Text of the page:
I have written down ‘uplifting’ and ‘feel good factor’ which I think sums up the album. Does that reflect the position that you were in when you were writing the album?

Yes, I think so Kevin. I think that it perfectly reflects just how the songs came out. I have a very long song-writing process so I don’t know whether I was in a good mood when I was writing the lyrics or the music or both. Sometimes you get a good sound in rehearsals and things start happening but I have to agree with you Kevin, I think that it is pretty uplifting in general.

Are you happy with the finished article?

(Laughter) well you are never fully happy with it but I have to say, probably (laughter). Mostly I never tend to listen back to the material probably until a year after I have finished recording it but with us having a tour coming up in October, I had to decide which of the songs on the album we would be performing on the tour. So I had to listen to the album and I have to say, yes I was happy with it. Usually there are a few things where you will say that’s wrong or the vocals are too loud or whatever. But I listened to the album and it all sounded as it should have sounded so yes, I was pretty pleased. However, you are never totally happy (laughter).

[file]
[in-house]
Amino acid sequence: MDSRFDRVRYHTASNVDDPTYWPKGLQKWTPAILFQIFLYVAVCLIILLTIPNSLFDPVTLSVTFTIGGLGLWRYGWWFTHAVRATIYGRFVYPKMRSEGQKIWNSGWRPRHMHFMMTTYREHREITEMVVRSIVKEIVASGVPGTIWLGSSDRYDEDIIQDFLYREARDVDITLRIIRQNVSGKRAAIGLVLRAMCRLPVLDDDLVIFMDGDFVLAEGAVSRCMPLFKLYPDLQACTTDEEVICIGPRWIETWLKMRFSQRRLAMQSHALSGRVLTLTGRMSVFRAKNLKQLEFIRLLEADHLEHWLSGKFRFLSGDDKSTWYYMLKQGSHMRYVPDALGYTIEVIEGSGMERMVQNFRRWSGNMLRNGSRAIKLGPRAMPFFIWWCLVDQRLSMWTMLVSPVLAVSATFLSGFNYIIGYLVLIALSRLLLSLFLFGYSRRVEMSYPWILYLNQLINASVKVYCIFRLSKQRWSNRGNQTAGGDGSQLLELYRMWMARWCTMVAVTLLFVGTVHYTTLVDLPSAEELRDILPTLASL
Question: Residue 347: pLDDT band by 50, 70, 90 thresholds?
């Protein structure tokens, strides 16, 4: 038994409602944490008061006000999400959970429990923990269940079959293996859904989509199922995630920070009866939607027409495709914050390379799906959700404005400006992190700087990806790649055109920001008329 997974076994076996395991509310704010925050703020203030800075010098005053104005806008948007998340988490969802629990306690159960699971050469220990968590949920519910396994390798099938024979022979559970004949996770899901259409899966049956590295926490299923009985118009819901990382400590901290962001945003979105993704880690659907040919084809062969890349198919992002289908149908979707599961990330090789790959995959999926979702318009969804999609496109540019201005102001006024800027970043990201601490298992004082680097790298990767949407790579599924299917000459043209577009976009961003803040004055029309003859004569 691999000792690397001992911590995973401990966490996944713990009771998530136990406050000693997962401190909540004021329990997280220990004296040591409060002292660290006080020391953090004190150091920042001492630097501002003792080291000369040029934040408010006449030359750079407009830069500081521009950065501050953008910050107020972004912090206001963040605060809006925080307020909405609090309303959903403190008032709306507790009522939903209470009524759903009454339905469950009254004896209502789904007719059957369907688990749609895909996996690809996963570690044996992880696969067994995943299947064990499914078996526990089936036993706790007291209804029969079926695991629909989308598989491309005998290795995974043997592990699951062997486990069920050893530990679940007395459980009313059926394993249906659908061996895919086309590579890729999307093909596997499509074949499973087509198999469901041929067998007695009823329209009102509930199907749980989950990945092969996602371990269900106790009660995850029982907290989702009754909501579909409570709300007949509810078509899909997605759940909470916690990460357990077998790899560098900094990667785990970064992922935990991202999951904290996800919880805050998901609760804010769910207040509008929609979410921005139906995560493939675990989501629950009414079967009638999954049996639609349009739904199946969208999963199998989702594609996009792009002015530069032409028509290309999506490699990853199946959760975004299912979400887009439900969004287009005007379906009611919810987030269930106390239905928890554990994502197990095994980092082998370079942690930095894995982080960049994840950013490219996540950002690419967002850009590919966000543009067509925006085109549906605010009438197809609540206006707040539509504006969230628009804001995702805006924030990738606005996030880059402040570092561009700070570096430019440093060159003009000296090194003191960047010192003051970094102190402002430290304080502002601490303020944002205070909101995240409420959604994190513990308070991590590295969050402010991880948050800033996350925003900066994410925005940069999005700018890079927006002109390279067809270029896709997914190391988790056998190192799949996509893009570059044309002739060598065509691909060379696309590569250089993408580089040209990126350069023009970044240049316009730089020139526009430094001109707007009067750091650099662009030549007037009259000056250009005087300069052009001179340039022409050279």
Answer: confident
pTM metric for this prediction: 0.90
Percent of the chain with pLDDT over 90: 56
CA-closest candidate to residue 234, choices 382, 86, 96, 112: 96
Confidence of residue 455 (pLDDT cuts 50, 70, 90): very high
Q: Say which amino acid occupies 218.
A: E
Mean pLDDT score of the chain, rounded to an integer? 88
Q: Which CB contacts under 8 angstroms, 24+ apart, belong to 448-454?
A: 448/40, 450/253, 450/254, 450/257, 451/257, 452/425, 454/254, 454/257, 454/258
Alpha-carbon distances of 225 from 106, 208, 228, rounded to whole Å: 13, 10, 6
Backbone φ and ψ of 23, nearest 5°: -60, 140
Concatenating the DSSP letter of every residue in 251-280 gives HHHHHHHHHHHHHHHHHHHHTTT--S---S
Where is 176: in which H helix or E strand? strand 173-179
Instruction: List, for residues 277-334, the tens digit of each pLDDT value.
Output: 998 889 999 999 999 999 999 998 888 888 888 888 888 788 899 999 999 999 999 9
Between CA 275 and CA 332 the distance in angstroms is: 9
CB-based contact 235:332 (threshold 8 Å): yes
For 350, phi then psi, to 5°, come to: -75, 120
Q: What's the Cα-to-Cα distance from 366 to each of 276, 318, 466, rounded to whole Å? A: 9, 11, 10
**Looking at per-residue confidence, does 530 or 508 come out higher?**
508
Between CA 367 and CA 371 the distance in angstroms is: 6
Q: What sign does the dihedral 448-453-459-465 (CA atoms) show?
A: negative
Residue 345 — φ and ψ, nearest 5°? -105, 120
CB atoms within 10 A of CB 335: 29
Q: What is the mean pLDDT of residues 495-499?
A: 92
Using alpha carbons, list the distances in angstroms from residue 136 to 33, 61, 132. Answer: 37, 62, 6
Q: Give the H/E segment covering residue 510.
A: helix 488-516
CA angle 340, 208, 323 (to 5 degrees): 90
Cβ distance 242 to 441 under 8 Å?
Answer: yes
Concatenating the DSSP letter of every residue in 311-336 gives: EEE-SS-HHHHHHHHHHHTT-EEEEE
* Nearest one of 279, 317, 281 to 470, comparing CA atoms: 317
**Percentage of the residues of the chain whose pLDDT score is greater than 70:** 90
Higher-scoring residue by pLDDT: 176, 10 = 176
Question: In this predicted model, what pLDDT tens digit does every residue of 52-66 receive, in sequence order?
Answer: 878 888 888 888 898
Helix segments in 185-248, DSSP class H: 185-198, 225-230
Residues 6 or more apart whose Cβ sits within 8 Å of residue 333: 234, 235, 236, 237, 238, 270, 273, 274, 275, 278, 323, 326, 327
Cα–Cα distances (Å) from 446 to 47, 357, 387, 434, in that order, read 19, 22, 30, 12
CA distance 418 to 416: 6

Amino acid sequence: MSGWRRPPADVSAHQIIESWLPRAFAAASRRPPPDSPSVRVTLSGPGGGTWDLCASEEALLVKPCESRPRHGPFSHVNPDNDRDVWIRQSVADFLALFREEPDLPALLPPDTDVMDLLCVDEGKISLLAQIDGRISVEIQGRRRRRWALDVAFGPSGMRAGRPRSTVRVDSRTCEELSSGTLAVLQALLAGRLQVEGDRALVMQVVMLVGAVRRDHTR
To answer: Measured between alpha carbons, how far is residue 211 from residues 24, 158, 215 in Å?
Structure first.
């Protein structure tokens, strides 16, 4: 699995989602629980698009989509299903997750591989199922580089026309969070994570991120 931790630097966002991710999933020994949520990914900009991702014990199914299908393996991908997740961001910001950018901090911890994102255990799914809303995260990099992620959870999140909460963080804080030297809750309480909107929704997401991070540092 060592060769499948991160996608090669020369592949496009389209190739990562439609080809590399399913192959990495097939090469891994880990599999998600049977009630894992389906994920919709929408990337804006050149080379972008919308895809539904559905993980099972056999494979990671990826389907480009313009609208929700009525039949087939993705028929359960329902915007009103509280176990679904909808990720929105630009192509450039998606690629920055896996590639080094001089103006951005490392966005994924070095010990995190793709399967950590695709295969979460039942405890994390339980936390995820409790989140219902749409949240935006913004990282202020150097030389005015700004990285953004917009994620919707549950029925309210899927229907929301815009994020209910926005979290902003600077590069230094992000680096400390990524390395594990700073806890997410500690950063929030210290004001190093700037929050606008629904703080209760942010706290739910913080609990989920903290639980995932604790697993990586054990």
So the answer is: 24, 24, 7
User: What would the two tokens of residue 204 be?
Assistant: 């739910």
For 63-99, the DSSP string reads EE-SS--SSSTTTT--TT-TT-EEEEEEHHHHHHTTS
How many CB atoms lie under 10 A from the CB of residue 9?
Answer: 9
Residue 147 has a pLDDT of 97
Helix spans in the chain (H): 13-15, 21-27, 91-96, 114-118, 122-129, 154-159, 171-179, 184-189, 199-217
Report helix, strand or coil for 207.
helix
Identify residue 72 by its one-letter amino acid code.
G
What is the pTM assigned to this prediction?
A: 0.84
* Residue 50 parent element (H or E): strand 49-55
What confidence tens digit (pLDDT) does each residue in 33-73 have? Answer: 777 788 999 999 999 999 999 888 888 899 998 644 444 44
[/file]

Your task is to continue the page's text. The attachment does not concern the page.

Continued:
At the moment my favourite track is (Man Is) The Biggest Bitch Of All; I think that it’s great.

Oh yes (laughter). That is a lyric that I wrote around one of Johnny’s riffs. At first it wasn’t working but then we gave it a bit of bollocks to the bottom end of the track and it works now (laughter). I suppose that it is quite an interesting lyric too Kevin.

On the subject of riffs, the single, Austerity Of Love, did I hear a snippet of The Liquidator by The Harry J All Stars in there?